Fantastic women and Geeks

Fantastic women and Geeks

Sun, 2012-06-24 11:32

Interesting stuff by Damien Walter at http://www.guardian.co.uk/books/2012/jun/19/women-fighting-back-battle-geek-culture , Tuesday 19 June 2012. Dealing with the imagined, the literary and graphic treatment of women in comics, games, fantasy and science fiction it is a subject well worth consideration. It is accompanied by intelligent and informed comments also worth reading.
The  two final paragraphs of the article contain a redefinition of the epithet ‘geek’ which now make it sound non abusive. So much so I now suspect I am one. Perhaps I can wear the label with pride. After all I do own to being, despite being clean shaven and wearing trainers*, a Guardian reader. I can only hope the fact that I walk to the newsagent daily to buy the paper copy does not effect my standing in the geek community.

*for non-UK visitors  unaware of British social and political knockabout, when British subjects ( subjects , not citizens) are pigeon holing, readers of The Guardian are characterised as sandle wearing, bearded liberals. This often accompanied with lip curling on the word 'liberals'

Damien Walter is a  writer of weird fiction, Guardian columnist, winner of the Hugo for Electric Velocipede and course director of the Certificate in Creative Writing at University of Leicester.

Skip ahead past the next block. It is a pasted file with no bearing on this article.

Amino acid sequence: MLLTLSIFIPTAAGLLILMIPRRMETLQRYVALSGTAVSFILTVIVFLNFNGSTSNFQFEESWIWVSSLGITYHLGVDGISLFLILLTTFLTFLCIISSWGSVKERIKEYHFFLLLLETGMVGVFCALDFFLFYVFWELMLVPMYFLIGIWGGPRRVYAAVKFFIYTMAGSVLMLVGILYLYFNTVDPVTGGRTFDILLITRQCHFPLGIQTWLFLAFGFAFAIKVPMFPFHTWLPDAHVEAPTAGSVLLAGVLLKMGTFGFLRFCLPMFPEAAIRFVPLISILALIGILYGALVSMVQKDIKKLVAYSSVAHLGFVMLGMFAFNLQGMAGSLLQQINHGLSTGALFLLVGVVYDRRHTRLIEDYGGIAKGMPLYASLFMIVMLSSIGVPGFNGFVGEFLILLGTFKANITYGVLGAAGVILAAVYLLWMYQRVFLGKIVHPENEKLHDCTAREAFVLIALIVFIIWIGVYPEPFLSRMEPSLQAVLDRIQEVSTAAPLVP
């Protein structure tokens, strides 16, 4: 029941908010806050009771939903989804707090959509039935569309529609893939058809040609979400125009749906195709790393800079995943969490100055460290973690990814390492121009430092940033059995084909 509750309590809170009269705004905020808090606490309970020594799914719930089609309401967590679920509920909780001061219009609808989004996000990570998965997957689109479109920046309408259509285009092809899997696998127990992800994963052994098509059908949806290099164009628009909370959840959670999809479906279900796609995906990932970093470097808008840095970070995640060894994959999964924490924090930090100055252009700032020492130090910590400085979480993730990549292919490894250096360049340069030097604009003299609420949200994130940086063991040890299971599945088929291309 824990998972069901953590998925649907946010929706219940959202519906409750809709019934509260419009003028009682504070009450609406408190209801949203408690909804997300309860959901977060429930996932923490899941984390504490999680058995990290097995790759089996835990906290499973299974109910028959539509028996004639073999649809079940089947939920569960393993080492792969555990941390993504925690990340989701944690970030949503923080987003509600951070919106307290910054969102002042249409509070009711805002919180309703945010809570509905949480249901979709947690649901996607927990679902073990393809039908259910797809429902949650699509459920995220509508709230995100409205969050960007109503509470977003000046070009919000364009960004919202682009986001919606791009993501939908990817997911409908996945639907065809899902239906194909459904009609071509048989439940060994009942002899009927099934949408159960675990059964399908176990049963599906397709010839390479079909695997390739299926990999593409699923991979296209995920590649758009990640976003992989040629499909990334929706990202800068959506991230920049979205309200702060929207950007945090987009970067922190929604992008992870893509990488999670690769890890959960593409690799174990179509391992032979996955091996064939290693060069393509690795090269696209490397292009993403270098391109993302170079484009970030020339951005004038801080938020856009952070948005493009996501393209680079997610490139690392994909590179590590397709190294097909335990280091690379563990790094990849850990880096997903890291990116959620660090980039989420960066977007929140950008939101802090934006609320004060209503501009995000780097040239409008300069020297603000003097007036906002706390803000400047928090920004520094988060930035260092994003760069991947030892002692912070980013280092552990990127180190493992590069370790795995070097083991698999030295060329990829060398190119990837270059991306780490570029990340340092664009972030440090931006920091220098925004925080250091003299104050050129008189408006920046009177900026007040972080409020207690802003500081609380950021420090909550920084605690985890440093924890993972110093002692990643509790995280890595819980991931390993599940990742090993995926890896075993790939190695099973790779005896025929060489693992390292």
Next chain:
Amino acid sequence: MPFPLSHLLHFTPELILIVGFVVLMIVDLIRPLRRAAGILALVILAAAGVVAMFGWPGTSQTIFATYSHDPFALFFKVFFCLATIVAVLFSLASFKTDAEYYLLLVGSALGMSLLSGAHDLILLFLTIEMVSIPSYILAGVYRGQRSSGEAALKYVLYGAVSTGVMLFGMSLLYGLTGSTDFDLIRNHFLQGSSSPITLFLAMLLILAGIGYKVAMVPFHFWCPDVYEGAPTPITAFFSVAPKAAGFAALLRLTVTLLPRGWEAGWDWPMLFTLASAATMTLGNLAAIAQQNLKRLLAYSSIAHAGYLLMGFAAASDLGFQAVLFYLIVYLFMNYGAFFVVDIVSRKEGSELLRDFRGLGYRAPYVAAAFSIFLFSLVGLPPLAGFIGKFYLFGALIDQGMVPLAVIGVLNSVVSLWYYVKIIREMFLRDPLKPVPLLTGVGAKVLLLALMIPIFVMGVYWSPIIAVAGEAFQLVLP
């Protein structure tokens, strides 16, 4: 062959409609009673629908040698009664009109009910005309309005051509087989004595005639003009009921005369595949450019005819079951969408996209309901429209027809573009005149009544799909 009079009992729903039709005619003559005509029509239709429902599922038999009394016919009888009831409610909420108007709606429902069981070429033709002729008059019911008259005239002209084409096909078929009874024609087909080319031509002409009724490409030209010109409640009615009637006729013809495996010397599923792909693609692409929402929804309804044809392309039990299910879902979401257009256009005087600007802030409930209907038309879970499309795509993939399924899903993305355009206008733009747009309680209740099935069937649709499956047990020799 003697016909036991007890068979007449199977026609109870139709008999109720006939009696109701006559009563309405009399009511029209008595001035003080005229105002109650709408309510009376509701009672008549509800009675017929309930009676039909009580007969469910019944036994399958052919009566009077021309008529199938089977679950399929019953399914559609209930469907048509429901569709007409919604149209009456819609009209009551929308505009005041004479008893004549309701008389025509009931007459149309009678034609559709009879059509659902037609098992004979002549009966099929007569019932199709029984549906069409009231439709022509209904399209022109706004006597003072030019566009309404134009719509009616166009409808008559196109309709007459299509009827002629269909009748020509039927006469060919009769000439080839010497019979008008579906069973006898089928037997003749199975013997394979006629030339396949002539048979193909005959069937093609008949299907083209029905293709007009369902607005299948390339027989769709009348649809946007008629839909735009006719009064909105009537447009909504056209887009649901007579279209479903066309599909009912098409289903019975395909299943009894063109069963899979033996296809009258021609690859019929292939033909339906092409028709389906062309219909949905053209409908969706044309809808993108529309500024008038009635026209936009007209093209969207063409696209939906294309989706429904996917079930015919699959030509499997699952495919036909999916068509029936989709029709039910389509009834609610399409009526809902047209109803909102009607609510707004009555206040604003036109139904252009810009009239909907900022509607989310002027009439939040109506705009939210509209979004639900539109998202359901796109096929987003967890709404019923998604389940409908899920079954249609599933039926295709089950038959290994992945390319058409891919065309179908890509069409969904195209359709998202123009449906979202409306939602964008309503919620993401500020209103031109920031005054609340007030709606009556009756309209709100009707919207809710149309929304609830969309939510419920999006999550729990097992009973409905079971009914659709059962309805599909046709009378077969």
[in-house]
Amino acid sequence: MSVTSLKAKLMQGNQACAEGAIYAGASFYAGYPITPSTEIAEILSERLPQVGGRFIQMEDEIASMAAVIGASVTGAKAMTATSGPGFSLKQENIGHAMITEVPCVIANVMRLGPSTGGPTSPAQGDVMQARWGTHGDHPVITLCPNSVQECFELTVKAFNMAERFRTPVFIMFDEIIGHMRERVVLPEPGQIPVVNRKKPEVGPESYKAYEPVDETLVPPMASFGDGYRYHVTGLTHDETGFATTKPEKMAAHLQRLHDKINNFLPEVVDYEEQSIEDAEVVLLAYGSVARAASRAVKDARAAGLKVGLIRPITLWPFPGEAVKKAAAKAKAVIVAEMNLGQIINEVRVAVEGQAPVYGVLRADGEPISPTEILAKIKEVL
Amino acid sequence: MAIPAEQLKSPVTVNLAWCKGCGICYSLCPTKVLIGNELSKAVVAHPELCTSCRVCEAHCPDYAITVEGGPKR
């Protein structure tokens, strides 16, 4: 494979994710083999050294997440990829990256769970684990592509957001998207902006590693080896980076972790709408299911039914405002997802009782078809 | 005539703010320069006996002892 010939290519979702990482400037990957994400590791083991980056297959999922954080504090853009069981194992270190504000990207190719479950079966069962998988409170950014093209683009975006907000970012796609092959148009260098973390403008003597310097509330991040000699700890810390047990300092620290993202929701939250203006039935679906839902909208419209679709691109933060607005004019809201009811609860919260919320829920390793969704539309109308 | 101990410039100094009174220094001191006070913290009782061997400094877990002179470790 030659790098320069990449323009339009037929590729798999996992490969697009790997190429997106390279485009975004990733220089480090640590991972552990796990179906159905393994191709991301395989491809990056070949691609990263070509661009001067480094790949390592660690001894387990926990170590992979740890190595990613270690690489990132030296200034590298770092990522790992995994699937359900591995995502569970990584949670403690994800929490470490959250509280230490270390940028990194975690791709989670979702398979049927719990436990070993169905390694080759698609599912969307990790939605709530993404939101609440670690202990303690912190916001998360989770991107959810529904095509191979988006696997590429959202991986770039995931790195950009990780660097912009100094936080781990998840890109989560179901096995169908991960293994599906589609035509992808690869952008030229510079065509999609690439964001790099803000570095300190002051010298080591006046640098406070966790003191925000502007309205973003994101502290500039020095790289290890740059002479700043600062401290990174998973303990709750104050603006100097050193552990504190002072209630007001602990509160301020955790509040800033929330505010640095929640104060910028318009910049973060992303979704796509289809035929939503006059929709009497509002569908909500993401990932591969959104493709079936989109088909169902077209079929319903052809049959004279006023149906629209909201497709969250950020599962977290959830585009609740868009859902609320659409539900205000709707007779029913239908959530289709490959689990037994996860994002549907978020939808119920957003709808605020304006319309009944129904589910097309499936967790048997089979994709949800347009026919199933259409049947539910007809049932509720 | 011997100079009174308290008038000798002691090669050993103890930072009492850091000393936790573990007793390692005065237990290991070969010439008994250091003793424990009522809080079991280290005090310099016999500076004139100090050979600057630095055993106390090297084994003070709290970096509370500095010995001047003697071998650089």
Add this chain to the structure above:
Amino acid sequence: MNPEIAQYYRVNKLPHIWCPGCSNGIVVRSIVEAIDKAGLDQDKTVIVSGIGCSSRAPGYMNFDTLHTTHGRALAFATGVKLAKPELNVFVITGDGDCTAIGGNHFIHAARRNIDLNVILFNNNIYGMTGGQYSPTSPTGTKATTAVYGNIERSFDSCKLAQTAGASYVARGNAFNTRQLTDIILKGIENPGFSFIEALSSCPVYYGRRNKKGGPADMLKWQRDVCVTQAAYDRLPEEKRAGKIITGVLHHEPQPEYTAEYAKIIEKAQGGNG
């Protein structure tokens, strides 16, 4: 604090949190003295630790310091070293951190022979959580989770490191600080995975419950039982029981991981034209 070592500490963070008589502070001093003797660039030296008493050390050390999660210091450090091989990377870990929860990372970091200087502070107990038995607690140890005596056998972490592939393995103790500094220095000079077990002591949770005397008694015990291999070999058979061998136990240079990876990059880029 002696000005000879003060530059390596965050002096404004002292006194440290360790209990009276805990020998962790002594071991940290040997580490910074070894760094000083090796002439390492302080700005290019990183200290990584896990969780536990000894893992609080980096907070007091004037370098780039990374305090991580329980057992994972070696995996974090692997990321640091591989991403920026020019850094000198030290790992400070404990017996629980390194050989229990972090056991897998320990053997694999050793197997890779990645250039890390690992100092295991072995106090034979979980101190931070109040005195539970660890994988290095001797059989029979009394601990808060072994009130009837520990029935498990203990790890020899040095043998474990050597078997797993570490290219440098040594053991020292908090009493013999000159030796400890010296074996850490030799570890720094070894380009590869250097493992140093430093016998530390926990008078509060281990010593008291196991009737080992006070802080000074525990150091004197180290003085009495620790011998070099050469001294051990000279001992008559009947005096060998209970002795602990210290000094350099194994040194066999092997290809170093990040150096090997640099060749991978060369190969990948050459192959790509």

http://www.guardian.co.uk/books/comics
has links to fantasy and science fiction Film, Books, Radio, Television, and Comics. Looking through that one thing we can all agree on is the wrongness of  Danny Fingeroth’s selection of a Top 10 graphic novels which does not mention my favourites or yours.  Danny Fingeroth is an American comic book writer and editor, and an expert on superheroes. Author of Superman on the Couch, his latest book is The Rough Guide to Graphic Novels. What does he know , right?

Interesting stuff by Damien Walter at http://www.guardian.co.uk/books/2012/jun/19/women-fighting-back-battle-geek-culture , Tuesday 19 June 2012. Dealing with the imagined, the literary and graphic treatment of women in comics, games, fantasy and science fiction it is a subject well worth consideration. It is accompanied by intelligent and informed comments also worth reading.
The  two final paragraphs of the article contain a redefinition of the epithet ‘geek’ which now make it sound non abusive. So much so I now suspect I am one. Perhaps I can wear the label with pride. After all I do own to being, despite being clean shaven and wearing trainers*, a Guardian reader. I can only hope the fact that I walk to the newsagent daily to buy the paper copy does not effect my standing in the geek community.